On Tue, 13 Aug 2002, Rob Landley wrote:
> Last time I really looked into all this, Stallman was trying to do an
> enormous new GPL 3.0, addressing application service providers. That seems
> to have fallen though (as has the ASP business model), but the patent issue
> remains unresolved.
At least one problem is exactly the politics played by the FSF, which
means that a lot of people (not just me), do not trust such new versions
of the GPL. Especially since the last time this happened, it all happened
in dark back-rooms, and I got to hear about it not off any of the lists,
but because I had an insider snitch on it.
I lost all respect I had for the FSF due to its sneakiness.
The kernel explicitly states that it is under the _one_ particular version
of the "GPL v2" that is included with the kernel. Exactly because I do not
want to have politics dragged into the picture by an external party (and
I'm anal enough that I made sure that "version 2" cannot be misconstrued
to include "version 2.1".
Also, a license is a two-way street. I do not think it is morally right to
change an _existing_ license for any other reason than the fact that it
has some technical legal problem. I intensely dislike the fact that many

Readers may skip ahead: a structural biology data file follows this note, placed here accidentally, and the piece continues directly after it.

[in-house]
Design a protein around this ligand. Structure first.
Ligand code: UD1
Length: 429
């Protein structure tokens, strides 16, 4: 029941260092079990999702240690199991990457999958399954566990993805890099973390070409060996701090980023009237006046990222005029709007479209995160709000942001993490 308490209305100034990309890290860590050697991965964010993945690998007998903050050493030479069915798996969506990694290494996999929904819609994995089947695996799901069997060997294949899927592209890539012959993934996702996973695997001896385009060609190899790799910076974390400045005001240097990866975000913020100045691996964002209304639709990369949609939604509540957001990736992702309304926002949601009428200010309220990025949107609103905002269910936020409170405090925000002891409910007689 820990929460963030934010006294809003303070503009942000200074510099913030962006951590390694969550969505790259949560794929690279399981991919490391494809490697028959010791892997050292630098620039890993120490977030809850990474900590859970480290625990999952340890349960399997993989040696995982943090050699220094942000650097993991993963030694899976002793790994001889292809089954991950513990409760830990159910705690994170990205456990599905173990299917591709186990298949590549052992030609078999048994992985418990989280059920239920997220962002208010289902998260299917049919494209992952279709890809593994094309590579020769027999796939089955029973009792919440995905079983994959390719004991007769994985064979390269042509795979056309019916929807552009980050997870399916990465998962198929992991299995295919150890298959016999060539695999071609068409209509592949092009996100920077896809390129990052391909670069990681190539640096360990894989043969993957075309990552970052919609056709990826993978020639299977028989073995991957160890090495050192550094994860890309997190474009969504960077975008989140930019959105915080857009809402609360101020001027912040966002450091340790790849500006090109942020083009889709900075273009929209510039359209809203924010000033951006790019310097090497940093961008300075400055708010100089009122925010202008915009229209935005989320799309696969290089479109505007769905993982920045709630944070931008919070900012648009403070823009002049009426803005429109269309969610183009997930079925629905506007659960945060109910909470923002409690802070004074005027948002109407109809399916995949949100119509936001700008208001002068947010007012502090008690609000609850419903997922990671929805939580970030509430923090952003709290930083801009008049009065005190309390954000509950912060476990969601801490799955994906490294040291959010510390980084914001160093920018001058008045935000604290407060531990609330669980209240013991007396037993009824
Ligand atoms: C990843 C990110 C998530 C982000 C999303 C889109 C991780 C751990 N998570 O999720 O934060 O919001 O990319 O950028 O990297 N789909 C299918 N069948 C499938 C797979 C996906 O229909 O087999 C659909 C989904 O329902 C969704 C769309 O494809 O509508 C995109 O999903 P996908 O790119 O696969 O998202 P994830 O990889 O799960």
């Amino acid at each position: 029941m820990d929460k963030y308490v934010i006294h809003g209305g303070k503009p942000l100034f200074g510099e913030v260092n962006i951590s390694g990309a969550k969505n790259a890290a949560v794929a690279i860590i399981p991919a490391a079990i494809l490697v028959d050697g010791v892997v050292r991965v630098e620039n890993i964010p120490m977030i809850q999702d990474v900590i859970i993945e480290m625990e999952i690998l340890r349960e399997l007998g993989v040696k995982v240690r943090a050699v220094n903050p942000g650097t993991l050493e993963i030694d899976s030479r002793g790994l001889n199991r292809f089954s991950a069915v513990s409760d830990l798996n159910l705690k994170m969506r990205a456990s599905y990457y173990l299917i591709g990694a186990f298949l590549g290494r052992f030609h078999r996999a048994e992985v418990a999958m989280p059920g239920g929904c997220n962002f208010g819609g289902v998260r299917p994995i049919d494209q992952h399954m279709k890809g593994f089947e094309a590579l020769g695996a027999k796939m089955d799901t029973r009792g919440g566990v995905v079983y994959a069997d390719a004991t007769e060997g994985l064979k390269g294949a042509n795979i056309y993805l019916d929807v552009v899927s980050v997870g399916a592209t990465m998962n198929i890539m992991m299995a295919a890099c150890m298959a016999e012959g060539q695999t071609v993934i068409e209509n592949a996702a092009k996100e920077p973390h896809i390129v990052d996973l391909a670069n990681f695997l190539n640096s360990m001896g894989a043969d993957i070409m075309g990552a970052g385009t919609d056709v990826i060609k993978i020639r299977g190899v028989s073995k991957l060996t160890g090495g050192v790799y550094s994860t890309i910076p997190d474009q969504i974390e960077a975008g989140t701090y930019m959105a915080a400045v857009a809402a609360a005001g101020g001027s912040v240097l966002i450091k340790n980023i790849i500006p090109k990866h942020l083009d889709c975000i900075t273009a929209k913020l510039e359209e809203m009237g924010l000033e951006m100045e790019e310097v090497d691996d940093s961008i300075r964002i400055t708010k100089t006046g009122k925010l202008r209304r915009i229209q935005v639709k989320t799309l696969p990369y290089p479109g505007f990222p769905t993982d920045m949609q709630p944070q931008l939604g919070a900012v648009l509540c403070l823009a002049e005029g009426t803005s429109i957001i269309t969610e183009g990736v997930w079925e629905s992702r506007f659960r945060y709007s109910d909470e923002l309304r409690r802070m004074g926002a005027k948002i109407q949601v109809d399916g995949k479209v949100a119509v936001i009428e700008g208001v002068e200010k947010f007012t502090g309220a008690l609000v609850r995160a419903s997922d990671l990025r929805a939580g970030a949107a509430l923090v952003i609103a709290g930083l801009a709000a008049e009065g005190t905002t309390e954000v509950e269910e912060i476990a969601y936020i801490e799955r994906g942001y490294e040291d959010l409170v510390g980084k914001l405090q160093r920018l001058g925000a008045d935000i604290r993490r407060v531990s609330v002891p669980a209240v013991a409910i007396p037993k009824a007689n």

people seem to want to extend the current GPL as a way to take advantage
of people who used the old GPL and agreed with _that_ - but not
necessarily the new one.
As a result, every time this comes up, I ask for any potential new
"patent-GPL" to be a _new_ license, and not try to feed off existing
works. Please dopn't make it "GPL". Make it the GPPL for "General Public
Patent License" or something. And let people buy into it on its own
merits, not on some "the FSF decided unilaterally to make this decision
I don't like patents. But I absolutely _hate_ people who play politics
with other peoples code. Be up-front, not sneaky after-the-fact.
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This archive was generated by hypermail 2b29 : Thu Aug 15 2002 - 22:00:32 EST